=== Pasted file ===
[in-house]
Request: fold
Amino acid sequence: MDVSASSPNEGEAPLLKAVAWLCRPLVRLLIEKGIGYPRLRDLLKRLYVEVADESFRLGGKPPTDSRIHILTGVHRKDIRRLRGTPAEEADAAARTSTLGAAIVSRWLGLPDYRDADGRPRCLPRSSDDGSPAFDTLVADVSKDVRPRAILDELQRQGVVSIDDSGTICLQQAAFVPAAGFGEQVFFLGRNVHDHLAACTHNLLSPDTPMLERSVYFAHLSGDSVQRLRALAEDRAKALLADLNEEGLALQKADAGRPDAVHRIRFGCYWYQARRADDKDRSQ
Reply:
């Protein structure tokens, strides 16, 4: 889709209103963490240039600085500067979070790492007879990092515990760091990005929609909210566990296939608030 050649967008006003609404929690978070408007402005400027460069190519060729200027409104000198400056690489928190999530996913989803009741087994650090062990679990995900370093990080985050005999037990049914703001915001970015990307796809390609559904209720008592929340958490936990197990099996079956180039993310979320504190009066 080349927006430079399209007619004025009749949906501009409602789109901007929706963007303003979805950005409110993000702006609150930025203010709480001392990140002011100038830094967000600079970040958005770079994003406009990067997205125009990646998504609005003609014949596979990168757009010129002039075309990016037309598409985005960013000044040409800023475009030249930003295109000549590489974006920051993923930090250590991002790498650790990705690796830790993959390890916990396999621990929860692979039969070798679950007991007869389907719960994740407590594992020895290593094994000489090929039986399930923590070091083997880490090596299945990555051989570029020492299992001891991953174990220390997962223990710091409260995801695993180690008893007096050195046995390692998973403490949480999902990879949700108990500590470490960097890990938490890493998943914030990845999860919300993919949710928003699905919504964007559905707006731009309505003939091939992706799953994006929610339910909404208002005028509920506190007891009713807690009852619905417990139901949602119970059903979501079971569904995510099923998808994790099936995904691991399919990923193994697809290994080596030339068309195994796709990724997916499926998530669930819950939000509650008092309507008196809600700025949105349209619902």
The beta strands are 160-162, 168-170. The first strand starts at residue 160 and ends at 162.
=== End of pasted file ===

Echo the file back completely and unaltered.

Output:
[in-house]
Request: fold
Amino acid sequence: MDVSASSPNEGEAPLLKAVAWLCRPLVRLLIEKGIGYPRLRDLLKRLYVEVADESFRLGGKPPTDSRIHILTGVHRKDIRRLRGTPAEEADAAARTSTLGAAIVSRWLGLPDYRDADGRPRCLPRSSDDGSPAFDTLVADVSKDVRPRAILDELQRQGVVSIDDSGTICLQQAAFVPAAGFGEQVFFLGRNVHDHLAACTHNLLSPDTPMLERSVYFAHLSGDSVQRLRALAEDRAKALLADLNEEGLALQKADAGRPDAVHRIRFGCYWYQARRADDKDRSQ
Reply:
């Protein structure tokens, strides 16, 4: 889709209103963490240039600085500067979070790492007879990092515990760091990005929609909210566990296939608030 050649967008006003609404929690978070408007402005400027460069190519060729200027409104000198400056690489928190999530996913989803009741087994650090062990679990995900370093990080985050005999037990049914703001915001970015990307796809390609559904209720008592929340958490936990197990099996079956180039993310979320504190009066 080349927006430079399209007619004025009749949906501009409602789109901007929706963007303003979805950005409110993000702006609150930025203010709480001392990140002011100038830094967000600079970040958005770079994003406009990067997205125009990646998504609005003609014949596979990168757009010129002039075309990016037309598409985005960013000044040409800023475009030249930003295109000549590489974006920051993923930090250590991002790498650790990705690796830790993959390890916990396999621990929860692979039969070798679950007991007869389907719960994740407590594992020895290593094994000489090929039986399930923590070091083997880490090596299945990555051989570029020492299992001891991953174990220390997962223990710091409260995801695993180690008893007096050195046995390692998973403490949480999902990879949700108990500590470490960097890990938490890493998943914030990845999860919300993919949710928003699905919504964007559905707006731009309505003939091939992706799953994006929610339910909404208002005028509920506190007891009713807690009852619905417990139901949602119970059903979501079971569904995510099923998808994790099936995904691991399919990923193994697809290994080596030339068309195994796709990724997916499926998530669930819950939000509650008092309507008196809600700025949105349209619902």
The beta strands are 160-162, 168-170. The first strand starts at residue 160 and ends at 162.